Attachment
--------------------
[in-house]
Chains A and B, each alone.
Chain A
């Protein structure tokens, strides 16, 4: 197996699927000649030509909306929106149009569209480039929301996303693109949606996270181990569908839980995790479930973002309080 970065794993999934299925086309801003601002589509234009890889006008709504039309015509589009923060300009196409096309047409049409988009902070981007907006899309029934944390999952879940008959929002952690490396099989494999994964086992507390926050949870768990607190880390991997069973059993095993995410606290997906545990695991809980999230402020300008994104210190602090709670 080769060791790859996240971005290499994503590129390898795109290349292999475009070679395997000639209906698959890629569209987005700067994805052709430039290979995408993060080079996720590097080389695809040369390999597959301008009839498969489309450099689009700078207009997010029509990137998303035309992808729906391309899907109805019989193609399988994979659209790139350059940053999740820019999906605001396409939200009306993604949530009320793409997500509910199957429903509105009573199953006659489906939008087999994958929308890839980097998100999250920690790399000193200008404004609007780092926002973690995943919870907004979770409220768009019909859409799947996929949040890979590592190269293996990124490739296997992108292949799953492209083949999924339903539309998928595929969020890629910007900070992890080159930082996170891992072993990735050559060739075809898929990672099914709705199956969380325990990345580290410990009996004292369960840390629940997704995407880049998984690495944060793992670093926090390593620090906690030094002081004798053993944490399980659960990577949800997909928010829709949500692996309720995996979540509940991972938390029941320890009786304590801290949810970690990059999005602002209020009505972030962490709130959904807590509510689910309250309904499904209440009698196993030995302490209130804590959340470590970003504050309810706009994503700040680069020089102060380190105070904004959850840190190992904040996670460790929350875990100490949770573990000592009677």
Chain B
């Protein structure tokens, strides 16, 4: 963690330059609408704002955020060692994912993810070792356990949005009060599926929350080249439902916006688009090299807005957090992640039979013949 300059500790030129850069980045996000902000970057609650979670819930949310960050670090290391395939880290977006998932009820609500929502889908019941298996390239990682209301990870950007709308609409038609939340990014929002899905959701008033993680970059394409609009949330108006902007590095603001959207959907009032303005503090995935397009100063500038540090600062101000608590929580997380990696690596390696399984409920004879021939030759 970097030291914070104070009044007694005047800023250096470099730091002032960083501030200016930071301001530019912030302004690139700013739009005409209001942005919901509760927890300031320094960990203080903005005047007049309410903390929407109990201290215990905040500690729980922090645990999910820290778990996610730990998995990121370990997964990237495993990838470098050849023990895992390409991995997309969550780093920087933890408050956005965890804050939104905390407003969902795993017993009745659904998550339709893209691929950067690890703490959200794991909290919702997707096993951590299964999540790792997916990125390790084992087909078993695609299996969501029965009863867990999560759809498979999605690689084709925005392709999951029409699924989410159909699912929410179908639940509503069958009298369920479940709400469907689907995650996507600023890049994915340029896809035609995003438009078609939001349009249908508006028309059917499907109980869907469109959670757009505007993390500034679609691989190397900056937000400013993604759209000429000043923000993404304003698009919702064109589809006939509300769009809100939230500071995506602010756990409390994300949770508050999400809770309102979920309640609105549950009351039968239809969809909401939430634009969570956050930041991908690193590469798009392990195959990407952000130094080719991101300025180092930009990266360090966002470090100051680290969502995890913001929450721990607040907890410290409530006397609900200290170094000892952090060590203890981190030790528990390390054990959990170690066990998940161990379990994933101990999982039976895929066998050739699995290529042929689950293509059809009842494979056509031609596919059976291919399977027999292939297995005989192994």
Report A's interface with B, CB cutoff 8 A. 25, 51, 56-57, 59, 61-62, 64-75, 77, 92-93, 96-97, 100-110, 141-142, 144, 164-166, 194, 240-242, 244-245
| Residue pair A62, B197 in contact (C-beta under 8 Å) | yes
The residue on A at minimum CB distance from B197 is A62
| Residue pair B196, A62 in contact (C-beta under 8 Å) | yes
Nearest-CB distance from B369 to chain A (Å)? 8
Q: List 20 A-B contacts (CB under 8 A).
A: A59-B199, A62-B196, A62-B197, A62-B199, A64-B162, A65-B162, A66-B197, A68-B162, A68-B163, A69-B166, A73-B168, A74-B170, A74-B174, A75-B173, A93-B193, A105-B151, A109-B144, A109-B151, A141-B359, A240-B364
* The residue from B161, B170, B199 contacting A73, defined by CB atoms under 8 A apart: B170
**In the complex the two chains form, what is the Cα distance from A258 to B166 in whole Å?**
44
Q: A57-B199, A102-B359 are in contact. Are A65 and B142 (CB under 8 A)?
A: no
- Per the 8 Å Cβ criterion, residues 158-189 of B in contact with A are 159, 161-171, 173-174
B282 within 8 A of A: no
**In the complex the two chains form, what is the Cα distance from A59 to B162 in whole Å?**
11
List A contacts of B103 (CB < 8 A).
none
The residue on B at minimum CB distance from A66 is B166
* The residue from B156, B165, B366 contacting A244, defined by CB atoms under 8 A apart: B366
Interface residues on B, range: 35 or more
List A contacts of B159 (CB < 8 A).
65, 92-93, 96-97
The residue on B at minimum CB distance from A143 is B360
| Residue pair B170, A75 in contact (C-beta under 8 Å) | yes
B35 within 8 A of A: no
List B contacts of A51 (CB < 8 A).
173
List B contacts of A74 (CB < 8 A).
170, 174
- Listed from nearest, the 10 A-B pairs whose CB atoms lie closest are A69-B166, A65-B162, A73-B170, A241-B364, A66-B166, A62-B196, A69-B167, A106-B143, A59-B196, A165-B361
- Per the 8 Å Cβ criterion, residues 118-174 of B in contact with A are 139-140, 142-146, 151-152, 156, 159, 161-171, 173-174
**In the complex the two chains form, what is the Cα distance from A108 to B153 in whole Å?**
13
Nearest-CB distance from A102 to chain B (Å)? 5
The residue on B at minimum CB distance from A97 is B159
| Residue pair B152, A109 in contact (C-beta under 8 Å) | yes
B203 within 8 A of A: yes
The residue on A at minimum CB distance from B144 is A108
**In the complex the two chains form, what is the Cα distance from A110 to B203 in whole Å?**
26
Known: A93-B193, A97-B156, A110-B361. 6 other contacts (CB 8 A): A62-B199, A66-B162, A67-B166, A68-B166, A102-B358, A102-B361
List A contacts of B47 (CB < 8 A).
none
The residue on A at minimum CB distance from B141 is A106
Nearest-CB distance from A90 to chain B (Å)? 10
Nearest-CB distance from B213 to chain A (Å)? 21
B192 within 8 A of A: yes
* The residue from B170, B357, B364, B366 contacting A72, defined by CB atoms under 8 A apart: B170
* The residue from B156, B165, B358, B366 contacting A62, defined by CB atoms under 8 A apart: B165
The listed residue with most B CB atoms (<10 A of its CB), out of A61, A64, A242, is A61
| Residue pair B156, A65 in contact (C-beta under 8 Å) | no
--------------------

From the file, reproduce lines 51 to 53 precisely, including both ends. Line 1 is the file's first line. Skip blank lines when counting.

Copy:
The residue on A at minimum CB distance from B141 is A106
Nearest-CB distance from A90 to chain B (Å)? 10
Nearest-CB distance from B213 to chain A (Å)? 21